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A Sense of Wonder

I hear we had a rainbow here in Madison last night. I didn't see it myself, but I heard about it from John last night and from Toni this morning. I did see one a couple months ago on my way home from Melanie's. Let me tell you, you take your life in your hands driving the DC beltway while staring out the side window at a rainbow! There's something riveting about them, though. It's hard to look away. Just ask Kermit.

I think that the rainbows resonate deep inside us, striking at some visceral sense of wonder and awe. I would say it was their unexpected and ephemeral beauty, but I've felt the same wonder from very different sources. There was the majestic grandeur of the Grand Canyon, which you can see a thousand times in pictures and on television, but still not truly appreciate until you stand at its edge. In Rome and in Egypt, I was moved beyond words at walking on the same stones where the ancients had walked millennia ago. There's nothing comparable to holding an infant's tiny perfect hand on my palm, or watching him sleep on my chest.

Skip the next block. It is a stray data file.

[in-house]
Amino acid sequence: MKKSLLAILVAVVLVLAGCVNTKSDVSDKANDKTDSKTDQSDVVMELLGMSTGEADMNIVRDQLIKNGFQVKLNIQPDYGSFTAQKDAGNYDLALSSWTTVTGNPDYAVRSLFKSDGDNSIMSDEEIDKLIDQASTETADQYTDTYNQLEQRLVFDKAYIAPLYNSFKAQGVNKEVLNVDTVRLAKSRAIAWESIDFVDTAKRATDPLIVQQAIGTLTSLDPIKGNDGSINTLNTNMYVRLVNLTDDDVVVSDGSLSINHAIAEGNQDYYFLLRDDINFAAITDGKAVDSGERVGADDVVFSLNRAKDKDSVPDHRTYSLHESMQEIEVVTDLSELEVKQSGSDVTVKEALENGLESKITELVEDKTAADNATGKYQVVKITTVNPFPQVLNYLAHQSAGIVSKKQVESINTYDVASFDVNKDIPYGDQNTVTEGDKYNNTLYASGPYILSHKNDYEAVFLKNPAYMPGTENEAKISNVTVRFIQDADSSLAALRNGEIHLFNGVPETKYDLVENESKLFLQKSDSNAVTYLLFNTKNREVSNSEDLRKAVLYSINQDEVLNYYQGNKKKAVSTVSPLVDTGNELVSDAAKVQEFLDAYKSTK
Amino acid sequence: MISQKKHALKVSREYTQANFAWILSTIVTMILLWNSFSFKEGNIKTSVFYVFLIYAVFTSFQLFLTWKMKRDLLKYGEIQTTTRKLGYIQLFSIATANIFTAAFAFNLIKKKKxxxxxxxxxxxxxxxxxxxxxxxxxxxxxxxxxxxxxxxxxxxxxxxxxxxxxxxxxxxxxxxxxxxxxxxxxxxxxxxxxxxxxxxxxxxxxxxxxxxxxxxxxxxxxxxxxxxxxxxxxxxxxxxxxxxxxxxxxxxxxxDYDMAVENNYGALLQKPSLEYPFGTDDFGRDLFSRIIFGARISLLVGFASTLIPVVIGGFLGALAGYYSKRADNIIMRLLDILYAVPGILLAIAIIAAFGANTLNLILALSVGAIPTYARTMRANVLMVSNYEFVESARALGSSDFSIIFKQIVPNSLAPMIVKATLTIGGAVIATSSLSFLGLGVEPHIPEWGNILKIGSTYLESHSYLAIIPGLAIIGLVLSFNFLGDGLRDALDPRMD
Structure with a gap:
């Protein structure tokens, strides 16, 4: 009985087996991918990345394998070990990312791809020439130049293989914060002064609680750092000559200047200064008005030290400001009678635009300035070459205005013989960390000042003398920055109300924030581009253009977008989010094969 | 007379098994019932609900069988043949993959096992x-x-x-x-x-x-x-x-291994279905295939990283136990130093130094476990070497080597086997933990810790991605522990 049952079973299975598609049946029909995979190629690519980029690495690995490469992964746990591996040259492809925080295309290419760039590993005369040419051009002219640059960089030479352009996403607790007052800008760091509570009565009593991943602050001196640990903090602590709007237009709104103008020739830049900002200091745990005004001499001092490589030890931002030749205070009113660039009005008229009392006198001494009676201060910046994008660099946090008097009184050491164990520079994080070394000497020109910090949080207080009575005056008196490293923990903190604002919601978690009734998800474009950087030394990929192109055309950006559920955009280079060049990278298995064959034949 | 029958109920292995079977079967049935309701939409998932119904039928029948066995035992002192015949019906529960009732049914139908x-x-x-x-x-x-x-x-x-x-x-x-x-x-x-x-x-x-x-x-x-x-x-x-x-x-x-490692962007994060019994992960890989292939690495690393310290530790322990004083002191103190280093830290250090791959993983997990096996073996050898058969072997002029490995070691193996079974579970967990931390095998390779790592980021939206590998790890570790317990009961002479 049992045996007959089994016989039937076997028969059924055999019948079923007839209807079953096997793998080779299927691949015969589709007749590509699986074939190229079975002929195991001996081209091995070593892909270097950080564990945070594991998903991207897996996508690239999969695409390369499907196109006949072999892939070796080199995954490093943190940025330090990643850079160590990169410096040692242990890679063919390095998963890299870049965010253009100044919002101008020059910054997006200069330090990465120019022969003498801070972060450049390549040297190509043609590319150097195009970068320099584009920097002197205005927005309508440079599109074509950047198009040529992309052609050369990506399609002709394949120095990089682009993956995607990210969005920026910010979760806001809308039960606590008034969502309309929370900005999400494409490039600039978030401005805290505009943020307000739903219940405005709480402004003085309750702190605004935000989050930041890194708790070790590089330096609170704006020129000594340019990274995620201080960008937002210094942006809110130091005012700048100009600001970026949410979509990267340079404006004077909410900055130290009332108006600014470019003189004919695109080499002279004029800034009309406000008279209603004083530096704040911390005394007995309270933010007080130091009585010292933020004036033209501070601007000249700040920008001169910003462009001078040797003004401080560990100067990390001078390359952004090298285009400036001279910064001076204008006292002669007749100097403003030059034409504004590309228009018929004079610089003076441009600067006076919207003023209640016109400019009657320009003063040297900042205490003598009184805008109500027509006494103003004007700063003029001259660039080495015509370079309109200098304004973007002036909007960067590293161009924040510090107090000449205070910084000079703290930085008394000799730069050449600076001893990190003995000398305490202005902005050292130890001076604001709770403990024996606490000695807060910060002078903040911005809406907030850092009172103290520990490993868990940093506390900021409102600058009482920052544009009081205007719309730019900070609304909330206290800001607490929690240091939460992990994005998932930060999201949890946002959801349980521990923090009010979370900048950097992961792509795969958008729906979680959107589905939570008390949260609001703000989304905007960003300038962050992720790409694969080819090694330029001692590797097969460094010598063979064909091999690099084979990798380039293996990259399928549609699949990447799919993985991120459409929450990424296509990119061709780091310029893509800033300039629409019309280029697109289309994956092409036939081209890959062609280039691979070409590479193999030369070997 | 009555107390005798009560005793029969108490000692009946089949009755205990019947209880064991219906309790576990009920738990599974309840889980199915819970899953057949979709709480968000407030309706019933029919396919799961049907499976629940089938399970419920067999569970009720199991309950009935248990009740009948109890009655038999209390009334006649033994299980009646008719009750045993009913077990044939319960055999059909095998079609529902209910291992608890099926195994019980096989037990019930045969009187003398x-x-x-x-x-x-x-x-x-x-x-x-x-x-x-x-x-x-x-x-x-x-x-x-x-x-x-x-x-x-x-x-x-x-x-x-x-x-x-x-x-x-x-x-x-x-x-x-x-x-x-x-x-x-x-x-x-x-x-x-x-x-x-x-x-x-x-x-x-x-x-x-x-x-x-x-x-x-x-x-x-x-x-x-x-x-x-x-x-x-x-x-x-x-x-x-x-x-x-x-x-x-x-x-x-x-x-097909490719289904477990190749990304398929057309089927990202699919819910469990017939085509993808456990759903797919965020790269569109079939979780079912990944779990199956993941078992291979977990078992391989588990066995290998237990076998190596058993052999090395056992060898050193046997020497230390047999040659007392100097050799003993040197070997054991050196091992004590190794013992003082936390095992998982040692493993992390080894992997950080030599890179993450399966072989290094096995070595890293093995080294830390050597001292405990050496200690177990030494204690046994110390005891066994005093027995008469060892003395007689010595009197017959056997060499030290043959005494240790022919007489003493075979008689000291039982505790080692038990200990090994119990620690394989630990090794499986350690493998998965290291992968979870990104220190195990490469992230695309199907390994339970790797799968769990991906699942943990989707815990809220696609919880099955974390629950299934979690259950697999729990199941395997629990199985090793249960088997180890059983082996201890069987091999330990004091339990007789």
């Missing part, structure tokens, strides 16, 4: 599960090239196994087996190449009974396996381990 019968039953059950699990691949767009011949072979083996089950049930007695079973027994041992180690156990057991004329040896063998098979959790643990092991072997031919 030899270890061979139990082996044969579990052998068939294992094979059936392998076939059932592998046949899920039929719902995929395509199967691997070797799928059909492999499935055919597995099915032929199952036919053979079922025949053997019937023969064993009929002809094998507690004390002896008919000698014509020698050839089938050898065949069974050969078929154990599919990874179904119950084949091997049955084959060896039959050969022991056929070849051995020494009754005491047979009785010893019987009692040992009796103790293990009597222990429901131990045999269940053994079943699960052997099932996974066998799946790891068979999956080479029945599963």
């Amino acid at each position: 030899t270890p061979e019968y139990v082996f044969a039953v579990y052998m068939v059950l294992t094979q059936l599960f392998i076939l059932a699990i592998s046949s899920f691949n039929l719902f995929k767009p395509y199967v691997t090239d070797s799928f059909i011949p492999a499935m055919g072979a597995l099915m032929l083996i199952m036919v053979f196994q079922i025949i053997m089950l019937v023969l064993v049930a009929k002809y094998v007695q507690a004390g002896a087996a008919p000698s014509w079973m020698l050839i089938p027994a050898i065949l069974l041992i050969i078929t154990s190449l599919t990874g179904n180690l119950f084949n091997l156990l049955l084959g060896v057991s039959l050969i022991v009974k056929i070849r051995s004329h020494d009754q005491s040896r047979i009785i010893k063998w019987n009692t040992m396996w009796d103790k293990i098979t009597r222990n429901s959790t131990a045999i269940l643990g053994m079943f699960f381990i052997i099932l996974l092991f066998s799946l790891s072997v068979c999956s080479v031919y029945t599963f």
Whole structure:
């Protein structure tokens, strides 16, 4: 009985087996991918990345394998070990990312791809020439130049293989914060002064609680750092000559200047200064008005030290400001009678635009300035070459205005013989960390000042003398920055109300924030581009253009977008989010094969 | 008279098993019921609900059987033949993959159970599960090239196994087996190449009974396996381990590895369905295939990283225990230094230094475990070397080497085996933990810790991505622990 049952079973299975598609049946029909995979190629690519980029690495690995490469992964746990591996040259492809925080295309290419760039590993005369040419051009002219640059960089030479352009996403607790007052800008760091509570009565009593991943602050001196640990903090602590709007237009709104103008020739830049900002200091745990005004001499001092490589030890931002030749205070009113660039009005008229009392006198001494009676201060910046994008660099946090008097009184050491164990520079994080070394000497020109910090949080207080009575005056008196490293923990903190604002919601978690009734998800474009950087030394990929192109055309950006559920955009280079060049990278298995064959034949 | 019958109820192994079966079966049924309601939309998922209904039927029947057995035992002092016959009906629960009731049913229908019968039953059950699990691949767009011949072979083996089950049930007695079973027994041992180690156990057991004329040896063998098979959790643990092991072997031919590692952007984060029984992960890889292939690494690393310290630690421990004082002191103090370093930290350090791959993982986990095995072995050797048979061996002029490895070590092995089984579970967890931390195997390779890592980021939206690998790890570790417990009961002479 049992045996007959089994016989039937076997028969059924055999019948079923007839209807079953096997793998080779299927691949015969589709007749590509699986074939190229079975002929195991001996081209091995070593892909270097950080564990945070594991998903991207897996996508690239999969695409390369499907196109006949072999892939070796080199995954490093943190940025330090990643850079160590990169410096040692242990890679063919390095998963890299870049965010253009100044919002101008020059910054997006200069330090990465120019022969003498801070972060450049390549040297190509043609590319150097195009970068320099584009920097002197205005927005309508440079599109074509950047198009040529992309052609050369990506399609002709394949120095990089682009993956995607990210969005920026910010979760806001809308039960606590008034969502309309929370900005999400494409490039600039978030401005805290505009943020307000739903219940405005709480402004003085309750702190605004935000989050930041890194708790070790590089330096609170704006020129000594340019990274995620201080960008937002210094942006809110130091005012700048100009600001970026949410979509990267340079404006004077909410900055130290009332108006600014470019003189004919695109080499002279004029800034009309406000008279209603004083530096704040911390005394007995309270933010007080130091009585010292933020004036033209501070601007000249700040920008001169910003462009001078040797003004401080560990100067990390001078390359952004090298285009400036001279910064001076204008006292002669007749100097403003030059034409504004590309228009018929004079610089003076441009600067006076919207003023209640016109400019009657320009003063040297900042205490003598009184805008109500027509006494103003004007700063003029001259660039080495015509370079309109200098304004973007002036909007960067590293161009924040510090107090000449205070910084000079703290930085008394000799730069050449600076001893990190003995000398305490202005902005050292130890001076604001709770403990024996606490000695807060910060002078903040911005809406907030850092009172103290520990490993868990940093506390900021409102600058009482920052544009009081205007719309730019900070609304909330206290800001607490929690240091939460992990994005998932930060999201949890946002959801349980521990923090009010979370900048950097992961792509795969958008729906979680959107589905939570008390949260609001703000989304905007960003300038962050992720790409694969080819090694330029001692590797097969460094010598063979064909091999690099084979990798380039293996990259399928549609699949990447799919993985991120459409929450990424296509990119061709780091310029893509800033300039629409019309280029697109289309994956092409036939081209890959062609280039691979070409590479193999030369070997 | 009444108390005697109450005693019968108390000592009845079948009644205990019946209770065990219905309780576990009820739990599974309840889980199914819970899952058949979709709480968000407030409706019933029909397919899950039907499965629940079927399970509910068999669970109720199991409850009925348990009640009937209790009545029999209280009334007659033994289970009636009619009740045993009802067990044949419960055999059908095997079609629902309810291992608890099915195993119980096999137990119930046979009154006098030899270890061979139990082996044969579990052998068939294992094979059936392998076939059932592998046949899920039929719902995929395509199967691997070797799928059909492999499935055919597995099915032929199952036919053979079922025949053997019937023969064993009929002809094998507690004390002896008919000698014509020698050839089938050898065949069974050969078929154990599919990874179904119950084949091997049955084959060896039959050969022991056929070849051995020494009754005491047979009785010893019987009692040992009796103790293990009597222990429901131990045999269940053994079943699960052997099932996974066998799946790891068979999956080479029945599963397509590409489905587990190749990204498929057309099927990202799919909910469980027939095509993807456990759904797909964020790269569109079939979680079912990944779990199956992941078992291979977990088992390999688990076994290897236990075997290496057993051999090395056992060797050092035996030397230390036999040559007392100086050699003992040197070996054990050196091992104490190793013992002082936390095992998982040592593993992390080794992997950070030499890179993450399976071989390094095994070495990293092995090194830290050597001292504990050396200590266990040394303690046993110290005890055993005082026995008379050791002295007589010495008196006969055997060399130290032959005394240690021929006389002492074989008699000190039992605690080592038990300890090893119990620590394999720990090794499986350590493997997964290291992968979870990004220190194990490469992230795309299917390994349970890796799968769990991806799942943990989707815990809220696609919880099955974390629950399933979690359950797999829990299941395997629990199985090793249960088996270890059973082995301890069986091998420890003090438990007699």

For me, the sense of wonder is profoundly linked to my faith, and my belief in something greater than me, than all of us. I can't personally imagine one without the other, or indeed of doing without either at all. Does the absence of faith diminish wonder? Or does it increase it, having no explanation? Is wonder universal, or are there people who do not feel it? Are some people more attuned to wonder than others? We can test the basic senses, but how could we possibly test this?



(Deleted comment)
Jan. 26th, 2010 05:33 pm (UTC)
*smile* Glad you think so.

I try to question everything, especially my own basic assumptions and understanding. Difference in perception, in particular, is something I find fascinating, and one reason why I wanted to write about senses.